The Minuteman: Crossing the Conservative Wires

1. So Much For Checks And Balances

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While Elena Kagan’s confirmation this summer didn’t change the balance of political power on the Court, it will shift the Court’s legal philosophy. Kagan, a long-time supporter of the Administrative State, revealed in her testimony that she doesn’t think much of the idea of checks and balances in the Constitution. She posited that, while the Constitution expressly states that all legislative power resides in – you guessed it – the legislature, it is sufficient for Congress to simply lay out a broad policy objective and then delegate the actual legislating to federal bureaucrats, reducing the three branches down to two. But then she went on to assert that there are no limits on what the Executive branch could do, declaring that a “federal eat-your-vegetables” law “might” be Constitutional. Her readiness to emasculate the Legislative and Judicial branches, and empower the Executive, does not bode well for liberty.

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2. Unequal Protection

Franklin D. Roosevelt once remarked that the national government’s central planners should not be afraid to experiment, but should instead be given unlimited license to use citizens as guinea pigs. If a social engineering experiment failed, planners should admit their mistakes and try something new. Obama has taken that message to heart, but, like any good scientist, has added control groups. Title II of Obama-care, which deals primarily with Medicaid, directs the Health and Human Services Secretary to create no fewer than four “demonstration projects,” selecting multiple sets of states and subjecting each to different regulations! At least when FDR experimented with people’s lives, he honored the constitutional principle of equal protection of the law.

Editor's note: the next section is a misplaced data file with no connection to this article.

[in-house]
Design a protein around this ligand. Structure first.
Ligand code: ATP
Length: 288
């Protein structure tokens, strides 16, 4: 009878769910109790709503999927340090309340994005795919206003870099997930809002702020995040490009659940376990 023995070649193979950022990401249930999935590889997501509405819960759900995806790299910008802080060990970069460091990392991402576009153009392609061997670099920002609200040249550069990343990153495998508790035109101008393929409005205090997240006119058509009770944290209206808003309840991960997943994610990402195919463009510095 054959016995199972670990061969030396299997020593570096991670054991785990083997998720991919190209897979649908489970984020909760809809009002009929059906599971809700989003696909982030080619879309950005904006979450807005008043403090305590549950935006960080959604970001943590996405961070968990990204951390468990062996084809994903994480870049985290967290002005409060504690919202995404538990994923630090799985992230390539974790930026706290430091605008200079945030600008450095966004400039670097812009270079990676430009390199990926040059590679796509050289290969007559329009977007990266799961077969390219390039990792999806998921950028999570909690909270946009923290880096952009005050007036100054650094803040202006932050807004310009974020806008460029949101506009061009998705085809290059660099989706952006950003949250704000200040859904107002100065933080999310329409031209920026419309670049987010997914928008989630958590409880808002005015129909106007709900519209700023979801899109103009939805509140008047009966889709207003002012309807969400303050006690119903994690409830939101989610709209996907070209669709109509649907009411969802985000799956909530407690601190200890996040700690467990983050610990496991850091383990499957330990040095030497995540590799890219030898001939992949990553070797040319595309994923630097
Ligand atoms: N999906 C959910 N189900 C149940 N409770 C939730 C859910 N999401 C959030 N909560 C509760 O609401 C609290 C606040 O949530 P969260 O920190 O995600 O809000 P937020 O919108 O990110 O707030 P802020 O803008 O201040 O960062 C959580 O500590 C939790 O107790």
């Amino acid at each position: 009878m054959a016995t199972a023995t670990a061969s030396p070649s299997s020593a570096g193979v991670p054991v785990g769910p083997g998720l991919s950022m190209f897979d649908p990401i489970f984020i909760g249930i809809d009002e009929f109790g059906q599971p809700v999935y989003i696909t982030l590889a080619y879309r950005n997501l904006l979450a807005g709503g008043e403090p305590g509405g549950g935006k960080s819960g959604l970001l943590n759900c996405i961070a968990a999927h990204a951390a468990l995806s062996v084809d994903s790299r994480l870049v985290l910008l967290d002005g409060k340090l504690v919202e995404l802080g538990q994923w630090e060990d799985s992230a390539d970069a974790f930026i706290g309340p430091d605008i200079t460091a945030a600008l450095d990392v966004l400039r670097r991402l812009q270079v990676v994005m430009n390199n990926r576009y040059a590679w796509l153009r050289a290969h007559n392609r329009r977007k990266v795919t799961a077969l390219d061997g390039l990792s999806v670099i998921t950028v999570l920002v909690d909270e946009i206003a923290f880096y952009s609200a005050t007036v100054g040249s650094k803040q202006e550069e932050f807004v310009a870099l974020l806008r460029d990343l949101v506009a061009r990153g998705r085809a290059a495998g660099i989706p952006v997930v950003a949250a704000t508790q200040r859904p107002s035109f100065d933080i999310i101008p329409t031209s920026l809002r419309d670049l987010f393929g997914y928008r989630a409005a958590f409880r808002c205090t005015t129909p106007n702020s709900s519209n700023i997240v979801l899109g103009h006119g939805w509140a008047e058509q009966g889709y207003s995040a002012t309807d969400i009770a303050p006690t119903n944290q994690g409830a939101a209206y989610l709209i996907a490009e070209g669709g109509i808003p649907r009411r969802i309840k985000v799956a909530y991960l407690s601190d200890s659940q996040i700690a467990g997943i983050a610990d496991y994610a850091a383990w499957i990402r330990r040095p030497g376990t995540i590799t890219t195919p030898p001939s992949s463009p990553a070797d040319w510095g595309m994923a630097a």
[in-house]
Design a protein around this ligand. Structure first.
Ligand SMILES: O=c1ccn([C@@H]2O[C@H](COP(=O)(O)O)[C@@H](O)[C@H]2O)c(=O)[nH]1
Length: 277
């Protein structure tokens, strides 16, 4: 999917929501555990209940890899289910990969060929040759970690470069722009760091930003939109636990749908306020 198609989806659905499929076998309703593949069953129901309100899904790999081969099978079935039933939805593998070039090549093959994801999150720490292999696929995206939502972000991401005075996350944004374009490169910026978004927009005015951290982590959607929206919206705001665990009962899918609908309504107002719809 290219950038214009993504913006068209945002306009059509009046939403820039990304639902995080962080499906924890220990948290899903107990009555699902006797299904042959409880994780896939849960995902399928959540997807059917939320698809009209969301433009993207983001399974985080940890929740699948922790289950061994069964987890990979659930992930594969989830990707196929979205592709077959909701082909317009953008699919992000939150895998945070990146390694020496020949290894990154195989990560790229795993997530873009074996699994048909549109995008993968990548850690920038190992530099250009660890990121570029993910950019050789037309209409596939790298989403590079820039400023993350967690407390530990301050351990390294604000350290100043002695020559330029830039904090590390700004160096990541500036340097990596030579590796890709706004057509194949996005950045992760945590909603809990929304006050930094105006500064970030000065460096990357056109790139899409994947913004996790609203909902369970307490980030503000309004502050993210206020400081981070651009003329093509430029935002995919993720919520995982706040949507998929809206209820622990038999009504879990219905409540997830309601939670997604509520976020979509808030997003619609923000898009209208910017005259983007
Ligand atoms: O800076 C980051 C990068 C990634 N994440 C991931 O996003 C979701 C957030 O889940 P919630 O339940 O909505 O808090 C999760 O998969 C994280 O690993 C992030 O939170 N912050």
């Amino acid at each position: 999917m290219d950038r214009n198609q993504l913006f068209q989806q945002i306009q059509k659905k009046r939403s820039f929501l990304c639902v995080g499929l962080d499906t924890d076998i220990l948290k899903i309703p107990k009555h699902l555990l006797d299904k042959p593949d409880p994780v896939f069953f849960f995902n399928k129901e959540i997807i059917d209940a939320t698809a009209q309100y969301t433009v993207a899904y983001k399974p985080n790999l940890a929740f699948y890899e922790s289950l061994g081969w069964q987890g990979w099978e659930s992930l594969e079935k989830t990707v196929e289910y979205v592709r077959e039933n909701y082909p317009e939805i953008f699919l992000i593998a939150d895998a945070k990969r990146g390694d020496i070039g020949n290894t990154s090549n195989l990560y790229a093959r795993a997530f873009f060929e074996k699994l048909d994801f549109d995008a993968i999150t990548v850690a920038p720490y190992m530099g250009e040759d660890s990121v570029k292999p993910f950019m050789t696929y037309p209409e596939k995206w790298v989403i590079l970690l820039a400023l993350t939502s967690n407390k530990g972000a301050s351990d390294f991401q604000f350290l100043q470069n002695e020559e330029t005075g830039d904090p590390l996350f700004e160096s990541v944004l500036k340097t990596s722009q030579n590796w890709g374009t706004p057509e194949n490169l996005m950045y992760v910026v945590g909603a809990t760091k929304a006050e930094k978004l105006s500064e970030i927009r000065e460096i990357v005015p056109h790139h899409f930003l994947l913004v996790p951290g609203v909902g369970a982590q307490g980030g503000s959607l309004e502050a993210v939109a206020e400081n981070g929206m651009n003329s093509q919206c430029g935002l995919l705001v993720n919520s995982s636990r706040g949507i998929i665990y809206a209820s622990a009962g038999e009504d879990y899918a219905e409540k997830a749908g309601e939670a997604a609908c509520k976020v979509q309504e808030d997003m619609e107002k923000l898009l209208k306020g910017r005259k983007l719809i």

3. Not-So-Regular Joe Falls Afoul of Campaign Laws

While the Left has traditionally supported restricting political speech through campaign finance reform, Biden is coming to see some of its effects firsthand: the Vice President has been ordered by the FEC to pay $219,000 for violations of finance laws. Spokeswoman Elizabeth Alexander noted that “…repayment is commonplace after presidential campaign audits.” It seems the public should have no problem entrusting the enforcement of these laws to the same politicians who regularly violate them. What could possibly go wrong with the ruling class having the authority to decide what speech shall or shall not be permitted?

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4. Ron Paul 2012?

Insider Matt Collins reports that 2008 Presidential contender Ron Paul is preparing to run again in 2012. A poster boy for “Constitutional Conservatism,” the Texas Republican is a foil for Obama. Paul, whose nickname “Dr. No” references both his occupation and the fact that he refuses to vote for legislation not authorized by the Constitution, has earned a reputation advocating sharp foreign policy changes, sound money, and subsidiarity – the principle of radical decentralization.

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